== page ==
Friday, July 19, 2019

Energy conservation

On a Humean metaphysics, energy conservation implies a vast conspiracy in the arrangement of things throughout spacetime, somewhat like this:

  1. Wherever there is a change in energy in one region there is a corresponding balancing change in another region.

In an Aristotelian causal powers metaphysics, energy conservation implies a fact like the following about every physical substance x:

  1. Every causal power of x whose content includes an effect on the energy of one or more substances also includes a balancing reverse effect on x’s own energy.

That no physical substance simply has a power to affect the energy of another substance, without the content of that power having to include a balancing effect on one’s own energy, is deeply surprising. It is a conspiracy almost as surprising as (1).

These conspiracies strongly suggest that neither the Humean nor the Aristotelian metaphysics is the whole story about energy conservation. The conspiracies desperately call for explanation. I know of two putative explanations: an optimalist one (on which reality strives for value, and mathematically expressible patterns are a part of the value) and a theistic one. Both of these explanations, however, really do great violence to the spirit behind Humean metaphysics. But Aristotelian metaphysics with optimalism or theism explaining the conspiracy in (2) works just fine.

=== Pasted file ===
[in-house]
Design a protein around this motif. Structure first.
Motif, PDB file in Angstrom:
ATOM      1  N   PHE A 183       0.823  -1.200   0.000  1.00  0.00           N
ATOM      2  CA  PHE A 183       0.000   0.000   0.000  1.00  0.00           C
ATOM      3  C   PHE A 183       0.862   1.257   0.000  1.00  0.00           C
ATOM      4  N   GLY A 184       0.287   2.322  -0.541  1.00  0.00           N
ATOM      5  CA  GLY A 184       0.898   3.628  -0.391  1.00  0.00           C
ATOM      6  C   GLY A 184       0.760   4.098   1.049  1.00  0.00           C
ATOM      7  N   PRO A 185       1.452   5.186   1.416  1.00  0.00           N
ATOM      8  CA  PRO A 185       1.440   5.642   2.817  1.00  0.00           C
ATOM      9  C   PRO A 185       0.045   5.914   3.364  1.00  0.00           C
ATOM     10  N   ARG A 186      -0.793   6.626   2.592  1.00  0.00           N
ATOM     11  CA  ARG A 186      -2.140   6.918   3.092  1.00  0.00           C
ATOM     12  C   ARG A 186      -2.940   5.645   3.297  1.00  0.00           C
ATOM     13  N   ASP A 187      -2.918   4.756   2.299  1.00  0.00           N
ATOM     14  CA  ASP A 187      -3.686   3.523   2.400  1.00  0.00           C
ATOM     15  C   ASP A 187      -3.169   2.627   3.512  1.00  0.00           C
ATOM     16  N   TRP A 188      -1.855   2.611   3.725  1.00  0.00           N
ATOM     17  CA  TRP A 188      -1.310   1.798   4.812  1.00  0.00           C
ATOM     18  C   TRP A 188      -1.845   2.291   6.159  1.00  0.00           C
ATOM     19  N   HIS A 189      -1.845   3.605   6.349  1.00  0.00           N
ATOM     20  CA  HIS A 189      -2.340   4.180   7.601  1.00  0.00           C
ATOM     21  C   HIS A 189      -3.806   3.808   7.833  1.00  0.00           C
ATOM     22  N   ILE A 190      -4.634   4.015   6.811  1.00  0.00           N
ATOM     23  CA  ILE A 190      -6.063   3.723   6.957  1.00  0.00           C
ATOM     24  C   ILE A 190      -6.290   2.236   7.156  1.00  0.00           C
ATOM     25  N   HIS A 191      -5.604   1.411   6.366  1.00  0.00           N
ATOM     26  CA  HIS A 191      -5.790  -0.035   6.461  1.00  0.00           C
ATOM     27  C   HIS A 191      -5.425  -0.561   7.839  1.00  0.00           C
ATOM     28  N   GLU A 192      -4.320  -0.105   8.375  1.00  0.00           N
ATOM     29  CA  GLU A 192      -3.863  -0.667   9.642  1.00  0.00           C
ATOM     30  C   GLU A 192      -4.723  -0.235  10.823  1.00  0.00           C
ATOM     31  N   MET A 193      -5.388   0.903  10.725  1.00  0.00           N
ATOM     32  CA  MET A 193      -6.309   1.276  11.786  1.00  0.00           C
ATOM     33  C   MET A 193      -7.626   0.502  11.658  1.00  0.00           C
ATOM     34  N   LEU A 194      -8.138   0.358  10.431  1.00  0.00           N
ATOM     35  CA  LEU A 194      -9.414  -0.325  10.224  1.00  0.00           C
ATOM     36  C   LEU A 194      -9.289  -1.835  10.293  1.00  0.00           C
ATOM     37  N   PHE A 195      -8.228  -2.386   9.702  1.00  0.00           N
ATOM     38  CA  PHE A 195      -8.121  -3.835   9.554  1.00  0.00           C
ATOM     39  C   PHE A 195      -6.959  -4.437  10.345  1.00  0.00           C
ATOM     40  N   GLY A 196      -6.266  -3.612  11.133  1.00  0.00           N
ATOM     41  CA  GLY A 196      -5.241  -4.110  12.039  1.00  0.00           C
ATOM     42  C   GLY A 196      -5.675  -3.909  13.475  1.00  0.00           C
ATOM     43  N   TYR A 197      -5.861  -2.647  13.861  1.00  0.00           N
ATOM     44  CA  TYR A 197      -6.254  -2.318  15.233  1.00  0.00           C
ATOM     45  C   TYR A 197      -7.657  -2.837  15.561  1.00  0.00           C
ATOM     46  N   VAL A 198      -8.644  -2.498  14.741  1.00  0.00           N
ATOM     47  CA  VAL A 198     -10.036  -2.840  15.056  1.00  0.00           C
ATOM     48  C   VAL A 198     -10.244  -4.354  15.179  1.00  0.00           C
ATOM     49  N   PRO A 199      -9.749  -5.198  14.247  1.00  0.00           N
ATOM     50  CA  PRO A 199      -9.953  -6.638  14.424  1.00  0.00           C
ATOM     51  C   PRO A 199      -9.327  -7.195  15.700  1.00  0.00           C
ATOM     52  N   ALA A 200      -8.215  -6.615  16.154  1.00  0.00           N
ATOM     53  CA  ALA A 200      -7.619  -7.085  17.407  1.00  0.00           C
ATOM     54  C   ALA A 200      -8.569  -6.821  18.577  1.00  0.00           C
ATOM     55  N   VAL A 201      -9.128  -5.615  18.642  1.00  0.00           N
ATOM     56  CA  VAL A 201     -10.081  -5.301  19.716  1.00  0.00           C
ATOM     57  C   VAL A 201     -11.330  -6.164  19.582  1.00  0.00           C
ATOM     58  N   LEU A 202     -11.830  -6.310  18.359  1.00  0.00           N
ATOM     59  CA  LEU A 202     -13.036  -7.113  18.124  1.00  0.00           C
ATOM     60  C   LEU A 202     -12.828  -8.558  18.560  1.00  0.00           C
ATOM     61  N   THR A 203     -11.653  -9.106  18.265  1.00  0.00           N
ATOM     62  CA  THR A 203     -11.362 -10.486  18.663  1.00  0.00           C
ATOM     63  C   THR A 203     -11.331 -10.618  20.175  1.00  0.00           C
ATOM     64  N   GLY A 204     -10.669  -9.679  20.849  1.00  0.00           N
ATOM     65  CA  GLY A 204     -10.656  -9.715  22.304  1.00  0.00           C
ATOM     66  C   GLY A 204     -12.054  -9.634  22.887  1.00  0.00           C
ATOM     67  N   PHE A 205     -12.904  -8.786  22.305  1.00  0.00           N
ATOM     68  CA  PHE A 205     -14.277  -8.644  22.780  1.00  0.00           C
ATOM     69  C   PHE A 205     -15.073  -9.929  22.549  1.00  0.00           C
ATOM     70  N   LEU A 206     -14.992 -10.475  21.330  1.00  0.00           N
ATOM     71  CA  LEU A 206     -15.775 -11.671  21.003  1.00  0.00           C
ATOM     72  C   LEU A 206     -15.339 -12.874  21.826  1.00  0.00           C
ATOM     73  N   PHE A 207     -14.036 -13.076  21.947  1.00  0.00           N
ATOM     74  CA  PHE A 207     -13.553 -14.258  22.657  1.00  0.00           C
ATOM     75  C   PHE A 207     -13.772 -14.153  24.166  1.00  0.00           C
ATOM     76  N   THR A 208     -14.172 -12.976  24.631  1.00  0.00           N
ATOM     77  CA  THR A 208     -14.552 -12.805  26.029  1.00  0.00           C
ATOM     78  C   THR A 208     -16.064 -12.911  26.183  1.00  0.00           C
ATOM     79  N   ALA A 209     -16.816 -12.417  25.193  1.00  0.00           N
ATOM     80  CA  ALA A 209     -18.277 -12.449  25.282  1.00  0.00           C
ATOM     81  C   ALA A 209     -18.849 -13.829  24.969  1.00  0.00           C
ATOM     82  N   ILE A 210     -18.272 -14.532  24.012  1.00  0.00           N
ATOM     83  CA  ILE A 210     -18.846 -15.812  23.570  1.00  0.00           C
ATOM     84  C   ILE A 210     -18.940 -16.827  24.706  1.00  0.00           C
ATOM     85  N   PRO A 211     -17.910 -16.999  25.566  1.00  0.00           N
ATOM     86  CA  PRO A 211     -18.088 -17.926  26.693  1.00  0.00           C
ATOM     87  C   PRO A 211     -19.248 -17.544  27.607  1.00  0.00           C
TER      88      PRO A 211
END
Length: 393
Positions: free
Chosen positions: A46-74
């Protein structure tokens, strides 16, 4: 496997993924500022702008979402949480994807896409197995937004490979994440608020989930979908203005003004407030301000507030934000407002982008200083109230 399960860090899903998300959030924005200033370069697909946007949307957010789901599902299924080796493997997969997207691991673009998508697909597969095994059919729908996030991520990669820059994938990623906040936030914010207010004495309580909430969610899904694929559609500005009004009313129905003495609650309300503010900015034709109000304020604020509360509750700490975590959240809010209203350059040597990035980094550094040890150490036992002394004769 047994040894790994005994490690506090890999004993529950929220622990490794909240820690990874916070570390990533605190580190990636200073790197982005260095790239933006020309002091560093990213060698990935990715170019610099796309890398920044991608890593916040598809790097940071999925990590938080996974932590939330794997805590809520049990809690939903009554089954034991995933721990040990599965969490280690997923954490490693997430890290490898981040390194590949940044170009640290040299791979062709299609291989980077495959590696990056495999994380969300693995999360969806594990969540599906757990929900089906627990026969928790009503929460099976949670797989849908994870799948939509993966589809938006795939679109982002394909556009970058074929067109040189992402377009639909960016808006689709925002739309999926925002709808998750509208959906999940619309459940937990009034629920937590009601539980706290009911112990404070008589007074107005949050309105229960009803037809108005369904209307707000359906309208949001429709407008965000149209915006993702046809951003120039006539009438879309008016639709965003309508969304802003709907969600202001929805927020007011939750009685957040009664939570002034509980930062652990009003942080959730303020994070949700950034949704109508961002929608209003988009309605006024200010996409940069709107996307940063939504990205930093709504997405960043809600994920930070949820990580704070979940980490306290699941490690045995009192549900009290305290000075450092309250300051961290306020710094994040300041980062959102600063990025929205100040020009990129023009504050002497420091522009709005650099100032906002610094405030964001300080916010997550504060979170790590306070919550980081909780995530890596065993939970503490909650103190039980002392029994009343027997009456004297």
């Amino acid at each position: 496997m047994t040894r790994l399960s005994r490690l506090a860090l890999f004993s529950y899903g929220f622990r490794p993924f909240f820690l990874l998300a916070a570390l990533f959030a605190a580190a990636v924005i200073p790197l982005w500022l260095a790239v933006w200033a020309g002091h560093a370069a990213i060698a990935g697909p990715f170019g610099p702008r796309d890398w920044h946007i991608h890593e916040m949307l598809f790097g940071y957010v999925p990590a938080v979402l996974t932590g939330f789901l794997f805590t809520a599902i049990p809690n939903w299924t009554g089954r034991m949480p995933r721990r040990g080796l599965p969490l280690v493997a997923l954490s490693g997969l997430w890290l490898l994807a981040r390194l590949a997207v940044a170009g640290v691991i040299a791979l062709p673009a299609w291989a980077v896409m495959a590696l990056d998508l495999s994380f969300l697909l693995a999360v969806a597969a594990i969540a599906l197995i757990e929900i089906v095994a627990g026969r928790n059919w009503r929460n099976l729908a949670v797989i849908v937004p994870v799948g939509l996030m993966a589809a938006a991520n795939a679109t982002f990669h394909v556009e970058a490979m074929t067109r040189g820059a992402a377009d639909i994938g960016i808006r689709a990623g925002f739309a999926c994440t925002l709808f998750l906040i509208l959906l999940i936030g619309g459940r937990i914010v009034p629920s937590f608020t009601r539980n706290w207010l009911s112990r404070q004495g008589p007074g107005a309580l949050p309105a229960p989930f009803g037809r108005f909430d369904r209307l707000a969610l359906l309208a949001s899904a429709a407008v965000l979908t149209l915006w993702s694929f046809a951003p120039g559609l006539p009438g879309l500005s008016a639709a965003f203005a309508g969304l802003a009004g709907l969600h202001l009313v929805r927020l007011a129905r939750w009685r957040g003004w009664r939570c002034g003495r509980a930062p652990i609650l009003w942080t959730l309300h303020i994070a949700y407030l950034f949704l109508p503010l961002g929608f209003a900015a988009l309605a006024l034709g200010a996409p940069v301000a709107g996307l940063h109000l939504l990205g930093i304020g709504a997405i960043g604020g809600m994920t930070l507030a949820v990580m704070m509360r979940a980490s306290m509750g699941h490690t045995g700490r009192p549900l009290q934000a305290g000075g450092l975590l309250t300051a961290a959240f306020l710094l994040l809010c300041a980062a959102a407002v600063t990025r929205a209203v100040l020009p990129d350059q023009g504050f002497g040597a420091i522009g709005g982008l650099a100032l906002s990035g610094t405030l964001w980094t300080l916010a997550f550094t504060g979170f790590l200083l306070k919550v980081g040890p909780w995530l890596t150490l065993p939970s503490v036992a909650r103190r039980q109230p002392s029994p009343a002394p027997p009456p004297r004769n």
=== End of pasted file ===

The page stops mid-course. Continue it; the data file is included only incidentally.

Of course, the problem can also be solved by a different metaphysics, one on which the behavior of objects is explained by pushy global laws. But it is harder to fit human freedom and agency into that metaphysics than into the Aristotelian one.


Michael Gonzalez said...

I don't see the problem in the deterministic sort of chain reaction cases (viz., if something is acted on, and the energy produces action on its part, and it thus acts on something else, etc). I can't see where any "new" energy would come from, or why the energy transferred from one step in the chain to another shouldn't just be regarded as (at least, in some important senses) the very same energy that has continually been handed off at each link in the chain.

When it comes to first order, active causation (such as that of a self-mover, like an animal or a person), there is a sort of leap; but, of course, Aristotle himself gives the step between the two levels, namely the "nutritive soul" or the level of explanations characteristic of a living creature. But, still, we do regard the energy we expend in our actions as having been borrowed from the creatures we ate, who in turn borrowed it from the Sun, etc....

Alexander R Pruss said...

On an Aristotelian metaphysics, energy isn't a thing that moves from one substance or another. It's just a way of describing the accidents of the substance. There is no compelling metaphysical reason why when substance A causes substance B to gain an accident of heat, substance A should lose an accident of heat at the same time. For on orthodox Aristotelianism, the accident isn't moving from one substance to another: A loses one accident and B gains another accident.